These are living communities. A few have been abandoned in favor of apartment blocks and are melting back into the earth, as mud-brick construction does, but most of the thousands scattered through the hills of the province continue to be villages in themselves, enjoyed and maintained by the Hakka communities that occupy them. A few of the largest individual tulous and clusters have become tourist attractions but if you hurry you'll likely be, as I was, one of the only western tourists for ...
Thanks, Dgems. When I wrote this piece, last year, I didn't have access to my own photos. In the next month or so I plan to post a gallery of my own pictures of the tulou so you'll have a better idea of the variety of structures and ambiance of the area.
Thank you for bringing us back these wonderful photos of a secret splendor. (I still want to know what happened to you without easy communication. Those are the moments that challenge and expand us, and they must have for you. )
HistoryDigger, I'll explain. At the end of the first day of tulou visits, the large tour bus rendezvoused with a small van and it was indicated that I should bring my things and come with a young man. Since no one could explain, I had to simply trust and go along, an interesting sensation. I later realized that I was the only one who had opted for the second day. The young man drove me to a very basic village of mostly new buildings built, I suspect but of course don't know, for...
I'm amazed at seeing this. At first I was thinking, well, communal dwelling, sort of like pueblos, and then I realized that this is much bigger, since you said there are hundreds of these. Do you know if they are in other areas of China, too? Are people still building like that now?
Sisyphus, not to nit-pick, but thousands of them according to everything I've read, not hundreds. They're built by the Hakka people so confined to Fujian and neighboring provinces. I suspect there may not be many under construction as efforts seem to be going toward maintaining the ones standing. When I was walking through the clusters I visited there were a few abandoned and in disrepair but not many, at least that I saw. There very well may be more unmaintained in remoter areas. Young...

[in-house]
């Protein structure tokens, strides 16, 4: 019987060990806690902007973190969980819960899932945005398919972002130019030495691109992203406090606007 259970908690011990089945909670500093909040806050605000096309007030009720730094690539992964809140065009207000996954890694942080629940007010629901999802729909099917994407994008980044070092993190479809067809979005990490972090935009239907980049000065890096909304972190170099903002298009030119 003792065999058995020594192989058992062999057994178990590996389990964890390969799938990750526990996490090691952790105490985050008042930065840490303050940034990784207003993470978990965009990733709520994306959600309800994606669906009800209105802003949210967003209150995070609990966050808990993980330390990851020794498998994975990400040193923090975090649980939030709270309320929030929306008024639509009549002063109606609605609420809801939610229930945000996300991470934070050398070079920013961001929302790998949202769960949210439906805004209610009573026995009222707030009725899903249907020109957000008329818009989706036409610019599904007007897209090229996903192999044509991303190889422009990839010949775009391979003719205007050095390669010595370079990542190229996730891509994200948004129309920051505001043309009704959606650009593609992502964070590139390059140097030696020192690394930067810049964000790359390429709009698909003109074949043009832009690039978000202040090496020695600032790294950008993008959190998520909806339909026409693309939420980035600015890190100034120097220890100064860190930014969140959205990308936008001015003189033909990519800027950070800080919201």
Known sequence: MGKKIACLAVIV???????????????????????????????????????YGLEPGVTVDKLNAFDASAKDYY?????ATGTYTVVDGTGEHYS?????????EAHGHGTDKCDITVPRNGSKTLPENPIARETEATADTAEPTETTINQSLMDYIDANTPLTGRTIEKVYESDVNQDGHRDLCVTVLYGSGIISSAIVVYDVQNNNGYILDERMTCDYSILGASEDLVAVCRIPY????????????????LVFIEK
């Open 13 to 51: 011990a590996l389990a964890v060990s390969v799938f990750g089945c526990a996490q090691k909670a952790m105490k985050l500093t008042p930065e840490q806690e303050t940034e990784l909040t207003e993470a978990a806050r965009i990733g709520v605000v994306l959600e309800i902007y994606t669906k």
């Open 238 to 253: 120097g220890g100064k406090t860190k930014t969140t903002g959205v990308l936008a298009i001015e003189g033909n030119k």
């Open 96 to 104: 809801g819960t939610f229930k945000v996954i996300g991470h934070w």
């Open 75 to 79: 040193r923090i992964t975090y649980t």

No, Rob. Sorry, I don't remember. I read a lot of publications, online and off, and the original picture got lost in the dust of enthusiasm to research logistics. I don't think there's any lack of enthusiasm in the world but that obscure places are getting less obscure every day. What I do think is lacking is imagination. We tend to read about places people have enjoyed, as here on TravelGumbo and follow, rather than setting out for parts unknown. I believe if a place is hard to get to it...
I well remember that first story because it convinced us what a great story-teller you were. We've since learned that your eye for photographic detail is equally (if not more-so) refined. The two together are dynamite! Love these photos and the look at life in a truly unique and interesting place.
I liked the last photos, but yours with people are even better! I see now why you stated, "One cannot really feel the monumental size of the some of them from a photograph." Your photos though do a great job in capturing that size !
From time to time a single photograph of a striking place or building will be the irresistible impetus for a trip to see the thing in person. In surrendering to these urges I've found I really cannot go wrong.
On the second day of a 2-day tour of Fujian tulou clusters, begun with a large Chinese group on a bus and finished the next day alone on foot, I walked along a road with my non-English speaking guide and came upon this beautiful house.
Marching through the hills of Fujian, China, from one tulou to another, I and my all-Chinese tour companions went at a clip through a beautiful riverside village, walking on paths and climbing stairways built of stone.
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